Samsung’s Q950A Soundbar Made Me Feel Like I Was at the Cinema

Samsung’s Q950A Soundbar Made Me Feel Like I Was at the Cinema
Image: Lauren Rouse/Gizmodo Australia

I’ve lived happily without a soundbar for years now. ‘How much of a difference can it really make?’ I remember thinking. It turns out a lot, which is something I discovered after testing Samsung’s premium Q950A soundbar system.

The picture quality of televisions has come a long way in just a few years. Just recently I reviewed Samsung’s Neo QLED QN90A TV and was stunned by its picture, but felt the in-built sound couldn’t live up to it.

Enter the Q950A soundbar, which more than makes up for it. It was the perfect partner for the QN90A TV but it will also easily bolster the sound of any TV you attach it to.

At nearly $1,500, the Q950A is definitely not a soundbar set-up for the faint of heart. It’s designed for those wanting true surround sound that makes your home feel like a cinema, and you have to be willing to pay for it.

Samsung Q950A Soundbar

WHAT IS IT?

Samsung’s latest 11.1.4Ch Dolby Atmos Soundbar

PRICE

$1,499

LIKE

Immersive surround sound, ease of connectivity.

NO LIKE

Expensive, too many pieces to plug in.

Design and Setup

samsung soundbar q950a
Image: Gizmodo Australia

Let’s start with the setup. The Q950A is a beast both in terms of sound and in terms of setting it up.

The box contains a soundbar, two rear speakers and one subwoofer. Where some soundbars may be a solo piece, this one gives you the whole package in many pieces.

The main problem I had during setup was a lack of power points in my living room. I don’t know about you but between my TV, consoles, lamps and other charging needs, I don’t have any power sockets to spare.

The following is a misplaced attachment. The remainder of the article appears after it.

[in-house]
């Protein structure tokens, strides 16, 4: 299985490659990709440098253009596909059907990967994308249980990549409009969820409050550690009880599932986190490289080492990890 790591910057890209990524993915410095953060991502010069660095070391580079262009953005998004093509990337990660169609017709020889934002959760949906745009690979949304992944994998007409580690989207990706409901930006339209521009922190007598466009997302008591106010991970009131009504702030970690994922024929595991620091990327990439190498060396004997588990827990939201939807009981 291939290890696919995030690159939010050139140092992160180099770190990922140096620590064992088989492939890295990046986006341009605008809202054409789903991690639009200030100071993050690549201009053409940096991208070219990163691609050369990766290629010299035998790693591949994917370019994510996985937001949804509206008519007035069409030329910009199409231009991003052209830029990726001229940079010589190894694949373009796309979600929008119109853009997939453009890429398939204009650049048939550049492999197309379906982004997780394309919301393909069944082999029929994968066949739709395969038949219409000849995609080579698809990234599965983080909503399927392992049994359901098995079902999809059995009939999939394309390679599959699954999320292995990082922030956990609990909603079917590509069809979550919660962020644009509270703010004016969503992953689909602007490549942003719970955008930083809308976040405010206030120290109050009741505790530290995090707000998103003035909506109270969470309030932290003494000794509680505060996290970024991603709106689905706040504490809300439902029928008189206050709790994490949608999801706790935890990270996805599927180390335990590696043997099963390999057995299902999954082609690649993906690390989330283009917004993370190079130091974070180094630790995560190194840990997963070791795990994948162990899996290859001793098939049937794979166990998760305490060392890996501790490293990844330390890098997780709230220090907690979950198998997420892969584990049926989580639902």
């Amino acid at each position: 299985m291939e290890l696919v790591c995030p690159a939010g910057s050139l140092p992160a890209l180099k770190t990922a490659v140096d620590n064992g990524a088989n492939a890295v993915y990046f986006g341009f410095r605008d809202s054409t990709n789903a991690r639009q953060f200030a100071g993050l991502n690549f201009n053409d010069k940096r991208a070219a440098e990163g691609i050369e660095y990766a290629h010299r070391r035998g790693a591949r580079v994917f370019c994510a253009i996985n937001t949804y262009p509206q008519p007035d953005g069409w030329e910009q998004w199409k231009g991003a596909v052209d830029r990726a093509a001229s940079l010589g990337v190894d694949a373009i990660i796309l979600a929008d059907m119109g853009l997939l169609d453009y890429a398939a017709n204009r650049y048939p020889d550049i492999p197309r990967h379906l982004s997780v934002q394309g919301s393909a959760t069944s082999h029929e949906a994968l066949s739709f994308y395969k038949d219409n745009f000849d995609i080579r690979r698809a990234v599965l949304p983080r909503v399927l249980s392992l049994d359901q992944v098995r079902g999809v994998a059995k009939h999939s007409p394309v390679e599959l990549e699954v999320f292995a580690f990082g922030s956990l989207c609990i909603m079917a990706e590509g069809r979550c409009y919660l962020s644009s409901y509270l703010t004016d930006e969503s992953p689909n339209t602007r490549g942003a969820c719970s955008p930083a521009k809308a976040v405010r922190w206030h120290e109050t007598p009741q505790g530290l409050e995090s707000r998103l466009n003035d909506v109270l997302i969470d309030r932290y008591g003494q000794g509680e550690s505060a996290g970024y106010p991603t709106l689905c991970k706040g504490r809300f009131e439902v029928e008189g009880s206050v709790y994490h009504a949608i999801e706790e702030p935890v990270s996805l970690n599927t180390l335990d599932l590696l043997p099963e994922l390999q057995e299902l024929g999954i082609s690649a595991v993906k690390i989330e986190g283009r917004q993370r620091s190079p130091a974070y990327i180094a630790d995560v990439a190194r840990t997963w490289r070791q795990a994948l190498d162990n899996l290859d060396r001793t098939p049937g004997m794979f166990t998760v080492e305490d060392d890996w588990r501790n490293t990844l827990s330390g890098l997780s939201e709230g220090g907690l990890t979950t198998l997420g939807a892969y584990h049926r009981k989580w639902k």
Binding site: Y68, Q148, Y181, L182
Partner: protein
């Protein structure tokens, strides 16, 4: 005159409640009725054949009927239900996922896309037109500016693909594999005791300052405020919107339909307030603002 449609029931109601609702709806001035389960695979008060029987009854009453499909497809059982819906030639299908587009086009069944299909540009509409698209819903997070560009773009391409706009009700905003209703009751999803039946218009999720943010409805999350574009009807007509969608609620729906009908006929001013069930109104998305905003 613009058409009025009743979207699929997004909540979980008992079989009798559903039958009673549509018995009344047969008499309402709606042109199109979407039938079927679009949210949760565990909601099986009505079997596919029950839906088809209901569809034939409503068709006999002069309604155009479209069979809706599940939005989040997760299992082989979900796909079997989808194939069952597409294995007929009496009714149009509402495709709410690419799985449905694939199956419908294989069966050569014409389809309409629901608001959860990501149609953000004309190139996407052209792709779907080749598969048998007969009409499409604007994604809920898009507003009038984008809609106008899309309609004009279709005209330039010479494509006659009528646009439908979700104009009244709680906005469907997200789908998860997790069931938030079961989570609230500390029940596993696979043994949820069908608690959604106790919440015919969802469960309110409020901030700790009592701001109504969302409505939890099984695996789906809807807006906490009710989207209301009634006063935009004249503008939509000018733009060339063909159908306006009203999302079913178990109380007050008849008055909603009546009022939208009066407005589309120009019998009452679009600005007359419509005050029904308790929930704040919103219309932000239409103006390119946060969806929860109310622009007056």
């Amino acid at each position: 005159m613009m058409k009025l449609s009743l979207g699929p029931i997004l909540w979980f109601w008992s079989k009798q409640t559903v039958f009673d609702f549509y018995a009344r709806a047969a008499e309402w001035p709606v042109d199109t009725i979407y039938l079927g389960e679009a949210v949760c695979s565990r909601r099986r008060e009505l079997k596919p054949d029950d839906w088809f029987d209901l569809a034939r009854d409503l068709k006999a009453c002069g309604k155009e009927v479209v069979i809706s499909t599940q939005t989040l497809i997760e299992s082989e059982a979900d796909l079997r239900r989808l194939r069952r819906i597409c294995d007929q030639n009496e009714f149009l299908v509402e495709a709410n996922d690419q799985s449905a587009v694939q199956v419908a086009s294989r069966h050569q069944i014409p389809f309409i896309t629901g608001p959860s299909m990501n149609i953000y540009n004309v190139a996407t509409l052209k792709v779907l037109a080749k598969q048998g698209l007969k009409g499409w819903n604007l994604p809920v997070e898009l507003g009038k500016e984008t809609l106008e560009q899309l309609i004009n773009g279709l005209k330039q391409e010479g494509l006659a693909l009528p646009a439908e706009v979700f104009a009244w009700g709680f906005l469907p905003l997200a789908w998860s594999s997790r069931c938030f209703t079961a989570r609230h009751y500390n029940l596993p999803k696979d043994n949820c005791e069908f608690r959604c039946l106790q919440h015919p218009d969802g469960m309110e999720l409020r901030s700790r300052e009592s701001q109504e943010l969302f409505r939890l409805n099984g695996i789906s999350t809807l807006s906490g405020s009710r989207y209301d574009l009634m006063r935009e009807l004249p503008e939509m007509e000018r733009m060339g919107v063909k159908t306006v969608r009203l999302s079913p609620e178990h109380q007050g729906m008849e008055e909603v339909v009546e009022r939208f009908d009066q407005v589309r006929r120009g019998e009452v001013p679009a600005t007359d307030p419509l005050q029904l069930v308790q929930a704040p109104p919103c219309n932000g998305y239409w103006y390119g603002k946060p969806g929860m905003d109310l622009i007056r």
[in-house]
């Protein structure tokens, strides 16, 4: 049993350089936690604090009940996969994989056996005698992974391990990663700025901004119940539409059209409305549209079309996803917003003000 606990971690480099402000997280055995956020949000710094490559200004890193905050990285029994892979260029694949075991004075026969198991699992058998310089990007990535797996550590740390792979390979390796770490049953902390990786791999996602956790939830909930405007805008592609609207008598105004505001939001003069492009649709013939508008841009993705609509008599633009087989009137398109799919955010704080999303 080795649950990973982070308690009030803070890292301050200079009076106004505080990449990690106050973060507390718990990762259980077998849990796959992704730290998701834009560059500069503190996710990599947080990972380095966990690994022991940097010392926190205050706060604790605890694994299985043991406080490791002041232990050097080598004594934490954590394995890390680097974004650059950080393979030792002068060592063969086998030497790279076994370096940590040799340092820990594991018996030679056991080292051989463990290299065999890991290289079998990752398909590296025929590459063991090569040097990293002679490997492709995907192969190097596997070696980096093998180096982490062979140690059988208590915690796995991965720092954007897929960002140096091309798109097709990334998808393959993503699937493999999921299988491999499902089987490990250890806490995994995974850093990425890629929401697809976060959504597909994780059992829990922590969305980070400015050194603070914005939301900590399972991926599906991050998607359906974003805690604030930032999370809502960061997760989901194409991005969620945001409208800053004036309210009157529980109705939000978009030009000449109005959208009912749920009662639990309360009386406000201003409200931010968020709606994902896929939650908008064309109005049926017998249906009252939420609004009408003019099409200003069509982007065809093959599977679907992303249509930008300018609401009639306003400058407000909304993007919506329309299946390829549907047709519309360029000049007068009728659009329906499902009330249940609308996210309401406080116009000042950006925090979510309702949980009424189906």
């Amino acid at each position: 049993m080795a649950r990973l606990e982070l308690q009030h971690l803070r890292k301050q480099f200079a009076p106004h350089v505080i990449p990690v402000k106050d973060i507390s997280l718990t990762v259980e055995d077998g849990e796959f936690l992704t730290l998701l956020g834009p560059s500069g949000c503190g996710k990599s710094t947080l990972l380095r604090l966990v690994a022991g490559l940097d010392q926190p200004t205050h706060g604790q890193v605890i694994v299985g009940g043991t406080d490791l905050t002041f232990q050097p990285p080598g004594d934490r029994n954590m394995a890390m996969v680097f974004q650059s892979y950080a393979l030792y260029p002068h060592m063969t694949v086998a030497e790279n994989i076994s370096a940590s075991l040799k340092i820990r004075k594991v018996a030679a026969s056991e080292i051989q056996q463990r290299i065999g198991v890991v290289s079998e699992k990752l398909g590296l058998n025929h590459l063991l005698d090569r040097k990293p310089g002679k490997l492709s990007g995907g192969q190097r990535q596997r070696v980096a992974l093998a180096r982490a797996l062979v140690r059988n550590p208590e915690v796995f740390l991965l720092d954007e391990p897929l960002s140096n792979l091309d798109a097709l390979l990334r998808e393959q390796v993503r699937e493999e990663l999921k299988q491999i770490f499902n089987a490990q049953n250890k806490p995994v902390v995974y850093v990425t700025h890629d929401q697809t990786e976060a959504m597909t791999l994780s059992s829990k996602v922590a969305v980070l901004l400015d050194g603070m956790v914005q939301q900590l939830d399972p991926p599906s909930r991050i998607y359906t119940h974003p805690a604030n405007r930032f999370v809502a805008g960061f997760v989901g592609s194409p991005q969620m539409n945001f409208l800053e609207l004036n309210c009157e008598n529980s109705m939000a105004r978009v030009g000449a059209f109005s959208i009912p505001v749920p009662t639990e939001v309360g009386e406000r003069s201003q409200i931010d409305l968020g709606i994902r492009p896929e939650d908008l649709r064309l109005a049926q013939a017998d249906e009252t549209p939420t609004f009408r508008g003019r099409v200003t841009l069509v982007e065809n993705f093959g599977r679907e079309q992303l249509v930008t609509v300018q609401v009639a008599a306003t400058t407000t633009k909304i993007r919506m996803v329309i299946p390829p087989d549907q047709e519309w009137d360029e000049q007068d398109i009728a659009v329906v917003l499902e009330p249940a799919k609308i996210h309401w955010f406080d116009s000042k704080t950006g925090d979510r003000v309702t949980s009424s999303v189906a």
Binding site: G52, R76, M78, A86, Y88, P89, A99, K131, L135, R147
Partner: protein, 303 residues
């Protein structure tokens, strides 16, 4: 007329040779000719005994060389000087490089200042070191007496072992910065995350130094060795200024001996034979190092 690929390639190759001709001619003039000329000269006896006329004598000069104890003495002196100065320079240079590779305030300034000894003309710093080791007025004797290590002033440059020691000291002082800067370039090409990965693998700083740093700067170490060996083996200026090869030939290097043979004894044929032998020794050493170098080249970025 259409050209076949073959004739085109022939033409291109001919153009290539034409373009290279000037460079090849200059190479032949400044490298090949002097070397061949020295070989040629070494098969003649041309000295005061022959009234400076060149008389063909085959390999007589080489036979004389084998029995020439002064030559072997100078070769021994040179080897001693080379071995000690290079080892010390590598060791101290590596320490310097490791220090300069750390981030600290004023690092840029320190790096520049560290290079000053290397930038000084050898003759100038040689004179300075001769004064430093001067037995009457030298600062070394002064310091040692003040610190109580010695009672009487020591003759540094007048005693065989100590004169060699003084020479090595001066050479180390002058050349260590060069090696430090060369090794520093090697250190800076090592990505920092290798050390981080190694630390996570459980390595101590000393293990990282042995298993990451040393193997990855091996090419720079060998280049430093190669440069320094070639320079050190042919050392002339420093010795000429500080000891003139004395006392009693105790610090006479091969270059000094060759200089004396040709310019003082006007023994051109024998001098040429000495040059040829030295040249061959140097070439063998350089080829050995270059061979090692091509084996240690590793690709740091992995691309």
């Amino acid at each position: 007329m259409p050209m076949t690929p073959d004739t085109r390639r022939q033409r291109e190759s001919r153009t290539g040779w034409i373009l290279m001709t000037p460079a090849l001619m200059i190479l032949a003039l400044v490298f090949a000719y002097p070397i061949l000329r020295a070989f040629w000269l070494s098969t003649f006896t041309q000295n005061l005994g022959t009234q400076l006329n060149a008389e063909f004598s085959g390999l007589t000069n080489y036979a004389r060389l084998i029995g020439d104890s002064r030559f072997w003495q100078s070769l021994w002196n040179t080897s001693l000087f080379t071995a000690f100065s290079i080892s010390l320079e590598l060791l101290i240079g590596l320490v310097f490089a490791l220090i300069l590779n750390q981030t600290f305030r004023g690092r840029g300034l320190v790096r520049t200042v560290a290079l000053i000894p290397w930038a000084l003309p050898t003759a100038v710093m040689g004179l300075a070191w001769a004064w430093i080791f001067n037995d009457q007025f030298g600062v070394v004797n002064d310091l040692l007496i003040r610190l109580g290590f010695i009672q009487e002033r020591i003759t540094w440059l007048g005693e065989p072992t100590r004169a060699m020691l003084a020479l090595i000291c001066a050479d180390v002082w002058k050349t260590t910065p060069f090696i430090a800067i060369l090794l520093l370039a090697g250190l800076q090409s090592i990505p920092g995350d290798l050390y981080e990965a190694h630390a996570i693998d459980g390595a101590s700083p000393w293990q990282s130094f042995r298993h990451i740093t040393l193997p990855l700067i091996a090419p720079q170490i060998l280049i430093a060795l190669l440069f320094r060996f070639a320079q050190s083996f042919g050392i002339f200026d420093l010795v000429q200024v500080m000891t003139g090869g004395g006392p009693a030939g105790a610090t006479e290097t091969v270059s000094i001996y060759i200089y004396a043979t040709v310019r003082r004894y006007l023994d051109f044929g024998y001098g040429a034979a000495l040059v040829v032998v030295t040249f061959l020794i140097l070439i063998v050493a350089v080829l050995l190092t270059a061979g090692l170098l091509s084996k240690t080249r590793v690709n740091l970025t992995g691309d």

Finding space to set up the rear speakers was the biggest challenge seeing as you want them placed an equal distance apart on opposite sides of your couch for optimal sound.

The cords aren’t really long enough for both speakers to stretch to the same dual power point so that’s one extended power board you’re going to need. Depending on where you choose to set up the subwoofer – that’s a second power board.

It’s really a set-up that is designed for those decking out a home cinema. If you move around a lot, have a smaller room or live in a rental it’s not the easiest in terms of portability and ease of setup.

There are positives though, particularly when it comes to ease of connectivity between the soundbar and your TV.

After connecting the main soundbar unit to the HDMI port in your television (remember to choose the eARC port) it will automatically connect wirelessly to its partner speakers in the room.

Using sonar technology it also automatically calibrates and adjusts the sound to fit your room, which as a soundbar newbie I super appreciated.

As for the design of the soundbar itself, the button interface is clean and simple but is also easily controlled by a separate remote that looks similar to Samsung’s TV controller. The remote allows you to switch through sound modes and control both the volume and the bass individually.

The soundbar itself is quite large at 1.2-metres and only just fit under my TV, so make sure the cabinet or stand you’re setting it up on has the space.

Sound

samsung soundbar review
Image: Gizmodo Australia

Let’s get to the important stuff, the sound. Long story short: sound = good. Actually, sound = awesome.

The Q950A is an 11.1.4Ch soundbar. This number means that the soundbar has 11 speakers, one subwoofer and four upward-facing speakers which provide added depth by pinging sound at your roof.

It also means the Samsung soundbar has a whole lot of grunt behind it.

Having been a non-soundbar person up until this point, the difference was immediately noticeable once I’d plugged this bad boy in. It was like everything had been muffled and suddenly I was hearing clearly for the first time.

I tested a variety of different programs including Shang-Chi and the Legend of the Ten Rings and 1917, but one that really stood out was The Book of Boba Fett.